Under new proposals being drawn up by the government, large companies could now face fines or court orders if they fail to pay their smaller suppliers on time.

However, according to Know-it, a cloud-based credit management platform, while the changes are welcome and will provide the small and medium-sized enterprise (SME) sector with some much-needed support, more is needed to unravel the culture of late payments across the supply chain.

The new proposals would see the Small Business Commissioner (SBC) having the authority to order companies to pay their suppliers, either as a lump sum or agreed payment plan, when a complaint against them for late payment has been investigated and eventually upheld. The goal is to help put small businesses in the situation they would have been in had they been paid the full amount on time, while the companies that failed to comply would now face further penalties and fines.

The SBC would also have the power to compel companies to share information during any investigation, as well as launch investigations into suspected bad payment practice, without receiving a complaint from a small business.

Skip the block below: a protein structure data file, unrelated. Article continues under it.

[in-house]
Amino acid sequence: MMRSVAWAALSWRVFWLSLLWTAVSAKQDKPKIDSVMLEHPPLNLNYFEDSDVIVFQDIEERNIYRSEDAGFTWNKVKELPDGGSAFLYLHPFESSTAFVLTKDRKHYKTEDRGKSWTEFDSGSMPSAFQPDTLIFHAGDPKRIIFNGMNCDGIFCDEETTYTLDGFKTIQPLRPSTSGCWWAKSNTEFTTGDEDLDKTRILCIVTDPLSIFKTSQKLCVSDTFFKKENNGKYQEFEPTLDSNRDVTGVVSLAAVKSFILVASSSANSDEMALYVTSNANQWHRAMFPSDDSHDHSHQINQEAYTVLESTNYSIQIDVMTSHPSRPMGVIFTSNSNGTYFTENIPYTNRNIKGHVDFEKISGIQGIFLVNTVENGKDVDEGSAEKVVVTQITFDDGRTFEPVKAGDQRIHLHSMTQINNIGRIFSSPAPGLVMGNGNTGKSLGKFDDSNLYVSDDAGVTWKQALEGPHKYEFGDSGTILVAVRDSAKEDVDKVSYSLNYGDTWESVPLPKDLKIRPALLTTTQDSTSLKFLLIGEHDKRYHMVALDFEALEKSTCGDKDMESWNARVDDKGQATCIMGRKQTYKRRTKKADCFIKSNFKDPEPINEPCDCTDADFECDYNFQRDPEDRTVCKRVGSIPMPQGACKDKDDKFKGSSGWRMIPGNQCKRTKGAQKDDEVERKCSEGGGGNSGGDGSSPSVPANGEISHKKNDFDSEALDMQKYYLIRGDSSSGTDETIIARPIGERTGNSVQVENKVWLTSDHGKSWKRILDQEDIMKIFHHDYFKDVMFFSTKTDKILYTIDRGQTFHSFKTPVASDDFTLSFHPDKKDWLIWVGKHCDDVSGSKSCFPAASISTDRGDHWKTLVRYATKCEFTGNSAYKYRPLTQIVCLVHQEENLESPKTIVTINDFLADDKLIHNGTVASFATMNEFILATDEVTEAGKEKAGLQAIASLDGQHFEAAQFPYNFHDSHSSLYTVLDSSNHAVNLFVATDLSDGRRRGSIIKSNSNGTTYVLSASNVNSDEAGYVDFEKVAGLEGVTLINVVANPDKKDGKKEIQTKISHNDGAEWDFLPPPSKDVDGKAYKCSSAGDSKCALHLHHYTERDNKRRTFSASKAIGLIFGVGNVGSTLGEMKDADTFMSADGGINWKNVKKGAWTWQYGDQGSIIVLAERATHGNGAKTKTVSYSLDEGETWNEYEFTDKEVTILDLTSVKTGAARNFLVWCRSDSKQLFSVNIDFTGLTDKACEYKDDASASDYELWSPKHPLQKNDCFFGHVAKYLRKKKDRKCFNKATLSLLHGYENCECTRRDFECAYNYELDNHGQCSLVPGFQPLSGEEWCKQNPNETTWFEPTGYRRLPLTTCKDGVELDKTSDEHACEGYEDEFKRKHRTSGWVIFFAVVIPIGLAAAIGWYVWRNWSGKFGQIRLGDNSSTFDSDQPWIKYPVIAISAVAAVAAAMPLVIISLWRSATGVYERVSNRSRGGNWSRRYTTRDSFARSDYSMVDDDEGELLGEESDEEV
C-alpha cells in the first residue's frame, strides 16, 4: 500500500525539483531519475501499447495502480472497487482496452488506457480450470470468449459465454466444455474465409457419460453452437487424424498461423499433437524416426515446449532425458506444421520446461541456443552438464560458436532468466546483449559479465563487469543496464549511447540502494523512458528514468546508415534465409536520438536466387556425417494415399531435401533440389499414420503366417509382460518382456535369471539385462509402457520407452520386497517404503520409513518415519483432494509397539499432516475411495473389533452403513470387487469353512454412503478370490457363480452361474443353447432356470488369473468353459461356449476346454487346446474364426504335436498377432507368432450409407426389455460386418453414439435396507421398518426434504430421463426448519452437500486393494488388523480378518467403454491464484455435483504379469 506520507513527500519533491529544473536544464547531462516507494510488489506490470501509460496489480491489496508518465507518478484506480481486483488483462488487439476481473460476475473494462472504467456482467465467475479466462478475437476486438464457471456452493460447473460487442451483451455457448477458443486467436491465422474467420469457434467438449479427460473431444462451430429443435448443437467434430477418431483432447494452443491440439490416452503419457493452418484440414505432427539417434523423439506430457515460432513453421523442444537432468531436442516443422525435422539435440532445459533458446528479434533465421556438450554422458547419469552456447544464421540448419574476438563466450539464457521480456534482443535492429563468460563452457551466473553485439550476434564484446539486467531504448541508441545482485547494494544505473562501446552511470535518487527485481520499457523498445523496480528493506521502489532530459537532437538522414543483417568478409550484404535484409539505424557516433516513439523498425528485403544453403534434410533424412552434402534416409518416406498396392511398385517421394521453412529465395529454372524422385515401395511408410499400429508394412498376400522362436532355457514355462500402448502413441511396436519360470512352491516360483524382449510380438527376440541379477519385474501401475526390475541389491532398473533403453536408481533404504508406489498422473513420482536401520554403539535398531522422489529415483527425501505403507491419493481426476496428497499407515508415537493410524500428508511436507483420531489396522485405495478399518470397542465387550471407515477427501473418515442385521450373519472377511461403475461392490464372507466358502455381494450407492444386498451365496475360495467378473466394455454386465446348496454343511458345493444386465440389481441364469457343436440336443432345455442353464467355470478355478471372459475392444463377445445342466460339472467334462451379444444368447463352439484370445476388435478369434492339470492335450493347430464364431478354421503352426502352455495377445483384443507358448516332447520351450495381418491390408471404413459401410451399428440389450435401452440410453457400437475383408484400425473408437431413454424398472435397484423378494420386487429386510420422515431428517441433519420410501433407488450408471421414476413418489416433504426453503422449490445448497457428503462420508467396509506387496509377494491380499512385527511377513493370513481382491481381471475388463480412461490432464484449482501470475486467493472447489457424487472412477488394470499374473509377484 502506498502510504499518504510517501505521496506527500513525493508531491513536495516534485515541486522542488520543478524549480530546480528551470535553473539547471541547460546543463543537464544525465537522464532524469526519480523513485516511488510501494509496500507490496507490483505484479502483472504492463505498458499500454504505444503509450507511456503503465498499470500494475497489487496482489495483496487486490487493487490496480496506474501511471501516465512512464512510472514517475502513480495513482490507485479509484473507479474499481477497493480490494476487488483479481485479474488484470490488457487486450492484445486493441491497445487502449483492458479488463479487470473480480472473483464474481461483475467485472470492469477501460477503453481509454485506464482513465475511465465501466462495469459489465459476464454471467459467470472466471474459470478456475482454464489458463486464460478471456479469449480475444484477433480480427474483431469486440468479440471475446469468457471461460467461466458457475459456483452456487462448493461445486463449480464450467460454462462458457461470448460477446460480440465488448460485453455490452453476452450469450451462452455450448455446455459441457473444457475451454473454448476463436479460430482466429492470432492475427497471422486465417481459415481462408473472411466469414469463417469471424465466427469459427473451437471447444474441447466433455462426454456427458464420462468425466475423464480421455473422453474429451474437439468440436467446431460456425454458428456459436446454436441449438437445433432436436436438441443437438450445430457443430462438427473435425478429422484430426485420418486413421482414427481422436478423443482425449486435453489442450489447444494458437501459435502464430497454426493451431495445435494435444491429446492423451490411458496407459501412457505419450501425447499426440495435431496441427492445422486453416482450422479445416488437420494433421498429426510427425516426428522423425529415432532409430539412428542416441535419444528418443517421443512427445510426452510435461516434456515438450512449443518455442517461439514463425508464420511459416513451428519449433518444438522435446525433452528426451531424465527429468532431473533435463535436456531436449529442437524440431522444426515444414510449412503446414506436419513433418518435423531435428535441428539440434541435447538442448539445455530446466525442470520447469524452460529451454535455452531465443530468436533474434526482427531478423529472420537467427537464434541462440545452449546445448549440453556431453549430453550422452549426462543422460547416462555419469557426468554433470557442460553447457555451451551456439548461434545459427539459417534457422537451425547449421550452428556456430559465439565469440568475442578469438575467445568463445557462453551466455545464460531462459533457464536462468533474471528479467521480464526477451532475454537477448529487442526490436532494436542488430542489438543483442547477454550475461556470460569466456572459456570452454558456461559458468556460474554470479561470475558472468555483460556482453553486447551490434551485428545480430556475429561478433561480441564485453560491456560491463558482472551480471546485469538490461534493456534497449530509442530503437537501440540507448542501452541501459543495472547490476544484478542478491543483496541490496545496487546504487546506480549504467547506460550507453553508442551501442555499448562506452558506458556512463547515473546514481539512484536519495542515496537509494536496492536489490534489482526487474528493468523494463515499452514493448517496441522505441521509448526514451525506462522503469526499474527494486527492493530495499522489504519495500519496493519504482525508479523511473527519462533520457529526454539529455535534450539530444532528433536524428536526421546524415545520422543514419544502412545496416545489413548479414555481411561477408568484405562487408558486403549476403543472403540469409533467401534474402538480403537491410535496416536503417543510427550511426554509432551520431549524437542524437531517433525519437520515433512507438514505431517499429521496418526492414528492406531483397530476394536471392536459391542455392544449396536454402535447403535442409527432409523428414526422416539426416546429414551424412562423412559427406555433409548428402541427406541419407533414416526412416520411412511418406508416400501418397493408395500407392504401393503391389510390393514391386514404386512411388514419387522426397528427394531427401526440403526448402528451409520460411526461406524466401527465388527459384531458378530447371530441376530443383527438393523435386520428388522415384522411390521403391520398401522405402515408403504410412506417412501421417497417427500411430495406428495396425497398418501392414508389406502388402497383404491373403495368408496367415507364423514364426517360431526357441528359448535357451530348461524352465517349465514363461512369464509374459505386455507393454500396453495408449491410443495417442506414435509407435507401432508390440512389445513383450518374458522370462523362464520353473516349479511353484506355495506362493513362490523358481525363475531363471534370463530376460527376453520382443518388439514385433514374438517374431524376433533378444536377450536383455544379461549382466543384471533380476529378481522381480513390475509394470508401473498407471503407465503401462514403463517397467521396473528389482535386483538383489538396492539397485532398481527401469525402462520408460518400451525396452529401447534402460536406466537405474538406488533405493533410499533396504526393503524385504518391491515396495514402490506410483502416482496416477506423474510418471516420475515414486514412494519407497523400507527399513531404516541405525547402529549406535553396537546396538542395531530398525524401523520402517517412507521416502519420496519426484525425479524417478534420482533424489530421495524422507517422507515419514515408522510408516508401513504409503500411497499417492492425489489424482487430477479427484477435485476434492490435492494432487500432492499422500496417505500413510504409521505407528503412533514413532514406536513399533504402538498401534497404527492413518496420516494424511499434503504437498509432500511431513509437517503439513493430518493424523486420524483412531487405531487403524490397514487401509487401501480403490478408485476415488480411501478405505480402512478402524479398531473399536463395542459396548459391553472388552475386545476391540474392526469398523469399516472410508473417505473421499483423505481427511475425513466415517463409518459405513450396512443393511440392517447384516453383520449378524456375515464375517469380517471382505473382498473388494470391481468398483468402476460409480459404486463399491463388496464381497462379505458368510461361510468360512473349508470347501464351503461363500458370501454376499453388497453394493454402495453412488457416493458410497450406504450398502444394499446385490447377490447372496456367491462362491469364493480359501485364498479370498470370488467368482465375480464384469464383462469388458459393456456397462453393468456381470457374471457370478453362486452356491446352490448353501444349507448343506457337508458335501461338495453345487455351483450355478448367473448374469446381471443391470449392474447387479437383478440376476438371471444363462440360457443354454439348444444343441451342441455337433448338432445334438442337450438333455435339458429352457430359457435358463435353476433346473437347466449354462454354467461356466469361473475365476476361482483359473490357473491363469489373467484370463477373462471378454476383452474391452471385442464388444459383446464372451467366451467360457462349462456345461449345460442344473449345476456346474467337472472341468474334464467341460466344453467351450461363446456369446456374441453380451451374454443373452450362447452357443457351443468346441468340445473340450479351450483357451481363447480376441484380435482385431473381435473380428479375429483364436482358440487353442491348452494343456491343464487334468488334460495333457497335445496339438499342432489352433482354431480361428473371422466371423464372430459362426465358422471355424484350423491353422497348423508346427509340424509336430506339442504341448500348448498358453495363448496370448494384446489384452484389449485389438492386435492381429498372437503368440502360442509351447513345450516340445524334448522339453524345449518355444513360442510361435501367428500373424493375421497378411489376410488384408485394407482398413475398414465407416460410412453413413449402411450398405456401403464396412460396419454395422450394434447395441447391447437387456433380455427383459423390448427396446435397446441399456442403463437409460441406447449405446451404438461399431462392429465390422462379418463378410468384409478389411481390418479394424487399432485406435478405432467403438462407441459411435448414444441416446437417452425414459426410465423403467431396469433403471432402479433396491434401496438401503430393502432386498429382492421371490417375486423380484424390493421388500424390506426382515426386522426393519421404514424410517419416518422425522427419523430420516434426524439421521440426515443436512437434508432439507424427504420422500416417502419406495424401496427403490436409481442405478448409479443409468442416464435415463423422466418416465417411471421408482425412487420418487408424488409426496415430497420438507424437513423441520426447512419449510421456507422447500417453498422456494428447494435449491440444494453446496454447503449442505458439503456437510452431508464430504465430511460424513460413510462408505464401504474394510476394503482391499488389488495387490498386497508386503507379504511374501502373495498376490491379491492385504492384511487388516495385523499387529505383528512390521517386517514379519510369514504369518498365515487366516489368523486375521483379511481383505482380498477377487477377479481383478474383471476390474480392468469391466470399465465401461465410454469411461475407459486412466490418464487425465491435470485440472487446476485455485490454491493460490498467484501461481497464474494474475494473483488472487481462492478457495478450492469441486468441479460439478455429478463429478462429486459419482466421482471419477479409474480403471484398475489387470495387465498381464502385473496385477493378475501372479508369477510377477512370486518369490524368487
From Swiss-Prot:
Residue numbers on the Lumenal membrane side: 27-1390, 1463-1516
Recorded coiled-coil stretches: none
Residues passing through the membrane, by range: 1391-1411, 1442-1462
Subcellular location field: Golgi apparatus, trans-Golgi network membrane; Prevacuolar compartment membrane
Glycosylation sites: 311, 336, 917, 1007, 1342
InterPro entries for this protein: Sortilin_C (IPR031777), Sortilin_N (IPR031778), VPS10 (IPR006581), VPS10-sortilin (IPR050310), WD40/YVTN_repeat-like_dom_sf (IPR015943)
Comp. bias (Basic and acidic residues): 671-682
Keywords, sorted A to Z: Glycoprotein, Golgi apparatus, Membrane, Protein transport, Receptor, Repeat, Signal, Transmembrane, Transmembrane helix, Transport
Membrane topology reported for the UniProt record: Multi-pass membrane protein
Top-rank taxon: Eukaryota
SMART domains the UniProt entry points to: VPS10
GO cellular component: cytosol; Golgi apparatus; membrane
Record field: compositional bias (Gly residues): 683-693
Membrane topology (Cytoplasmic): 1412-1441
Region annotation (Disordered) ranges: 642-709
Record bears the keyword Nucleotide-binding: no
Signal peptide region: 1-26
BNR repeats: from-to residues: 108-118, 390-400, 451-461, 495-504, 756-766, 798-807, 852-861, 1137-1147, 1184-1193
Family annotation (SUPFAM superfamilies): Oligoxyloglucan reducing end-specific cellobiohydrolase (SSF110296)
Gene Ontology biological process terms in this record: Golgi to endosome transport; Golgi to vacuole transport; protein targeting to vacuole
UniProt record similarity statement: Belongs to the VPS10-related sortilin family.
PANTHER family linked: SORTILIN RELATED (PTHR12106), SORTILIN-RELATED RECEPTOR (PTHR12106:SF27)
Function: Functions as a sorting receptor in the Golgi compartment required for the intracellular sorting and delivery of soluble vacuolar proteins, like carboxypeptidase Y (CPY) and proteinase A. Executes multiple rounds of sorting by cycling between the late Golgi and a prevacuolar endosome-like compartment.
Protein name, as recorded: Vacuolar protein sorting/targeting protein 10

According to the Federation of Small Businesses (FSB), around 50,000 small companies close each year due to late payments, with 62% having experienced late payment at some point or other. In a 2016 report, the FSB also estimated that if all payments were made on time there would be a £2.5bn boost to the British economy.

Robert Barnard, Client Services Principal at Lupton Fawcett, says “It might be the case that larger companies are likely to be named and shamed,  In 2019, Holland and Barrett became the first big company to be named for paying its suppliers late, and coupled with the fact that the Conservative Party 2019 manifesto promised to clamp down on late payment, this will  strengthen the SBC’s powers to help small businesses.  However, whilst SME’s can charge interest on late payments, few will not wish to take this option for fear of upsetting their big clients and losing contracts.”

In these uncertain times where cash flow will be key, please be assured we are here to support you and claim back what is rightfully owed. Should you wish to contact us with regard to any outstanding Debt that you would like us to look at, please contact Robert Barnard on 0113 280 2146 or robert.barnard@luptonfawcett.law


Please note this information is provided by way of example and may not be complete and is certainly not intended to constitute legal advice. You should take bespoke advice for your circumstances.

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